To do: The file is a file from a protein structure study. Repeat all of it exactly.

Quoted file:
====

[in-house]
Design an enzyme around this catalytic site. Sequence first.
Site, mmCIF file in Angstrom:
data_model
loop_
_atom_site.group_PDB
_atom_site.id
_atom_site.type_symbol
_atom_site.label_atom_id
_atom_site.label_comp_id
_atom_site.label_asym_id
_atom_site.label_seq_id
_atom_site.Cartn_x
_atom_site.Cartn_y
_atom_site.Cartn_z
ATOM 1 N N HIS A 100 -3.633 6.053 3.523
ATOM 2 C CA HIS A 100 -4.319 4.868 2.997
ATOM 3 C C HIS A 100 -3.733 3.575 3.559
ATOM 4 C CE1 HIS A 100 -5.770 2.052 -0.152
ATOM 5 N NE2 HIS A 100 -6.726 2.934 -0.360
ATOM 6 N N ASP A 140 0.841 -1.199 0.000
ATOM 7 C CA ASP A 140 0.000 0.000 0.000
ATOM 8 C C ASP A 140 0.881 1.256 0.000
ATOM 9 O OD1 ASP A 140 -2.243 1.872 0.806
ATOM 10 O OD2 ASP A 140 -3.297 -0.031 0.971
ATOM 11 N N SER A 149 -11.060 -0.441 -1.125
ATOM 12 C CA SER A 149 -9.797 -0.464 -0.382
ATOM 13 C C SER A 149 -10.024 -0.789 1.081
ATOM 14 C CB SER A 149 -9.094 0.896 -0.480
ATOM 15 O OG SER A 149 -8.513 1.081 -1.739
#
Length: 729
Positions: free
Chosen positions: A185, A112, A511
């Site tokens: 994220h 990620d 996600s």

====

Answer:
[in-house]
Design an enzyme around this catalytic site. Sequence first.
Site, mmCIF file in Angstrom:
data_model
loop_
_atom_site.group_PDB
_atom_site.id
_atom_site.type_symbol
_atom_site.label_atom_id
_atom_site.label_comp_id
_atom_site.label_asym_id
_atom_site.label_seq_id
_atom_site.Cartn_x
_atom_site.Cartn_y
_atom_site.Cartn_z
ATOM 1 N N HIS A 100 -3.633 6.053 3.523
ATOM 2 C CA HIS A 100 -4.319 4.868 2.997
ATOM 3 C C HIS A 100 -3.733 3.575 3.559
ATOM 4 C CE1 HIS A 100 -5.770 2.052 -0.152
ATOM 5 N NE2 HIS A 100 -6.726 2.934 -0.360
ATOM 6 N N ASP A 140 0.841 -1.199 0.000
ATOM 7 C CA ASP A 140 0.000 0.000 0.000
ATOM 8 C C ASP A 140 0.881 1.256 0.000
ATOM 9 O OD1 ASP A 140 -2.243 1.872 0.806
ATOM 10 O OD2 ASP A 140 -3.297 -0.031 0.971
ATOM 11 N N SER A 149 -11.060 -0.441 -1.125
ATOM 12 C CA SER A 149 -9.797 -0.464 -0.382
ATOM 13 C C SER A 149 -10.024 -0.789 1.081
ATOM 14 C CB SER A 149 -9.094 0.896 -0.480
ATOM 15 O OG SER A 149 -8.513 1.081 -1.739
#
Length: 729
Positions: free
Chosen positions: A185, A112, A511
């Site tokens: 994220h 990620d 996600s």